I recently published an article — Diagnostic abuse of veterans and the dilemmas of health professional ethics — [based on reporting by Mark Benjamin and Michael de Yoanna in Salon] on Army pressures for mental health clinicians to not diagnose post traumatic stress disorder [PTSD] in returning soldiers. A group of approximately 130 psychologists and mental health professionals responded to my article by writing Michelle Obama and asking her to look into these charges. Here is their letter:
May 12, 2009- Advertisement -
The White House
1600 Pennsylvania Avenue NW
Dear First Lady,
We are a group of mental health professionals who hope to reach you about an issue concerning the treatment of our veterans. We are grateful that you have taken an interest in the well-being of veterans and their families, recognizing the weight of responsibility and trauma they may carry during and after service to our country.
In writing we want to call your attention to a concern that official pressures may be interfering with returning soldiers receiving appropriate treatment. A recent series in Salon by Mark Benjamin and Michael de Yoanna (latest May 5, 2009), reports pressure placed on mental health professionals to under-diagnose Post Traumatic Stress Disorder (PTSD) in returning combat veterans regardless of the clinical reality. A number of our colleagues who work with veterans have relayed similar experiences of pressure to misdiagnose.- Advertisement -
One consequence of this apparent misdiagnosis is that the men and women who served our country do not receive appropriate Veterans’ benefits when their diagnoses do not correctly attribute their emotional problems to their combat experiences. Instead, their problems are attributed either to less severe “anxiety disorders” or to preexisting “personality disorders.” In addition to potential loss of benefits to which combat veterans are due, misdiagnoses can result in inappropriate treatment and in the veteran being held responsible for part or all of the cost of treatment for conditions caused by combat experience.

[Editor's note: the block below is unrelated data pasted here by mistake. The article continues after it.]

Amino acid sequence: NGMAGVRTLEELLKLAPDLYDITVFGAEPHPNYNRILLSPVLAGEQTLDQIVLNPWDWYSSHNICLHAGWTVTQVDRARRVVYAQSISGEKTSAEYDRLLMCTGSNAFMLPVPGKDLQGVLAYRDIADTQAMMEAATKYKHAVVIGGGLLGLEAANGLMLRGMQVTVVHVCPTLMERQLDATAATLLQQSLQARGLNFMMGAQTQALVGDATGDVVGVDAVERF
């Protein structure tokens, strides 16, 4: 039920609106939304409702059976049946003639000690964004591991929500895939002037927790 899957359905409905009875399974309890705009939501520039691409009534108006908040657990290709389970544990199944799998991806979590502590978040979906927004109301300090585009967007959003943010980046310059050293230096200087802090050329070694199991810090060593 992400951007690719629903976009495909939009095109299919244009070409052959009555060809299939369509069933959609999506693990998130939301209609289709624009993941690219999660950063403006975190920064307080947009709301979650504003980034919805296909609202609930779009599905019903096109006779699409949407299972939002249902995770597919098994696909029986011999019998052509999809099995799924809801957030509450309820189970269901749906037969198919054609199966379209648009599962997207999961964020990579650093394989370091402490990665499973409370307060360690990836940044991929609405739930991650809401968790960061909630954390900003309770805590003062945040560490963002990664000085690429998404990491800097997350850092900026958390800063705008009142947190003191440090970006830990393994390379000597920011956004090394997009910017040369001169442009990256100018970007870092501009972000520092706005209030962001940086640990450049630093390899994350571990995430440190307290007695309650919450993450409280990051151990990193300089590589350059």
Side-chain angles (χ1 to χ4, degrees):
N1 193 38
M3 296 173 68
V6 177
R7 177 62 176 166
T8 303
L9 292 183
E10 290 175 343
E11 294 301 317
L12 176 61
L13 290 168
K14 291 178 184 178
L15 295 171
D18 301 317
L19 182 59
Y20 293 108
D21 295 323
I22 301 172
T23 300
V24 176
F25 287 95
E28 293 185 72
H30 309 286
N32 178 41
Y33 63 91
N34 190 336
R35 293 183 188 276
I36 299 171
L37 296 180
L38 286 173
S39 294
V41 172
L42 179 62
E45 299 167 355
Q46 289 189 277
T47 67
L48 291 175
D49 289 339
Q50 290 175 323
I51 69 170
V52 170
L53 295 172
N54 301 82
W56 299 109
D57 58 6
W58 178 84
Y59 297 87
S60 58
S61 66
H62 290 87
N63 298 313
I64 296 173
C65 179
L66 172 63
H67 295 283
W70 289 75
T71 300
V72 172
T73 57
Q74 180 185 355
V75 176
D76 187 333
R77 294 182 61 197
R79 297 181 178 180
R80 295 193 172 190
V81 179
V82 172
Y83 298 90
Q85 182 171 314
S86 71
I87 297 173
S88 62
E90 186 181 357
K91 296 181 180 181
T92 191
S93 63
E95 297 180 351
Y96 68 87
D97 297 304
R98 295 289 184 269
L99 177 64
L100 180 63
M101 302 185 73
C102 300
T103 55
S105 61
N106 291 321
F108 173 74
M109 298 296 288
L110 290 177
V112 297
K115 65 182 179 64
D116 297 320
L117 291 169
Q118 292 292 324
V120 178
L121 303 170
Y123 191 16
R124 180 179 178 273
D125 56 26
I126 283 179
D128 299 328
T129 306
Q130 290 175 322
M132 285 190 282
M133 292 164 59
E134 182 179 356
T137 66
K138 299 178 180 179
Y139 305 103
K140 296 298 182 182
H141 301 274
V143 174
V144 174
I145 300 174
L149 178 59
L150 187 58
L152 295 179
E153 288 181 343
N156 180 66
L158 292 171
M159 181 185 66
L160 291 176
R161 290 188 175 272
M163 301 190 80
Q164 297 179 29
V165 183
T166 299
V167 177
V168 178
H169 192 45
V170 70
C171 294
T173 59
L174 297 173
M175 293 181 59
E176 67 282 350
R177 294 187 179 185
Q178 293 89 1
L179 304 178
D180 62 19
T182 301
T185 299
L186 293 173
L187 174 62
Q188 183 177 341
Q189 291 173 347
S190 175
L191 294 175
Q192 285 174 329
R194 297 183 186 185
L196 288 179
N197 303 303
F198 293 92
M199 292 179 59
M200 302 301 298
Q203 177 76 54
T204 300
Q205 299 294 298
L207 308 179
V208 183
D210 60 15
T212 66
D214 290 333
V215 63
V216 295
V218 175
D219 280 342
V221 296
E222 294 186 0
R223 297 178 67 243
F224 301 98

As mental health professionals, we are deeply disturbed that pressure is being put upon colleagues to give incorrect diagnoses for reasons antithetical to the best interests of our patients. Those who suffer serious disorders in the service of our country deserve better. They deserve the best treatment available. We are also concerned that this pressure may undermine the ethical foundation upon which the mental health professions are based.
We have included an essay by Dr. Stephen Soldz, co-founder of the Coalition for an Ethical APA and Steering Committee Member of Psychologists for Social Responsibility, which we believe sheds important light on this subject.
We ask you to look into this matter and related issues concerning the mental health treatment of our soldiers and veterans. We are willing to assist you in any ways we can in this endeavor.
With respect and regards,
Alice Lowe Shaw, Ph.D.
President-Elect Section IX, Division 39
Psychoanalysis and Social Responsibility
Stephen Soldz, Ph.D.
Director, Center for Research, Evaluation and Program Development
Boston Graduate School of Psychoanalysis- Advertisement -
Psychologists for Social Responsibility (PsySR), organizational endorsement
Thomas Rosbrow, Ph.D.
Psychoanalytic Institute of Northern California (PINC)
Marilyn S. Jacobs, Ph.D., ABPP
David Geffen School of Medicine at UCLA
Dept. of Psychiatry and Biobehavioral Sciences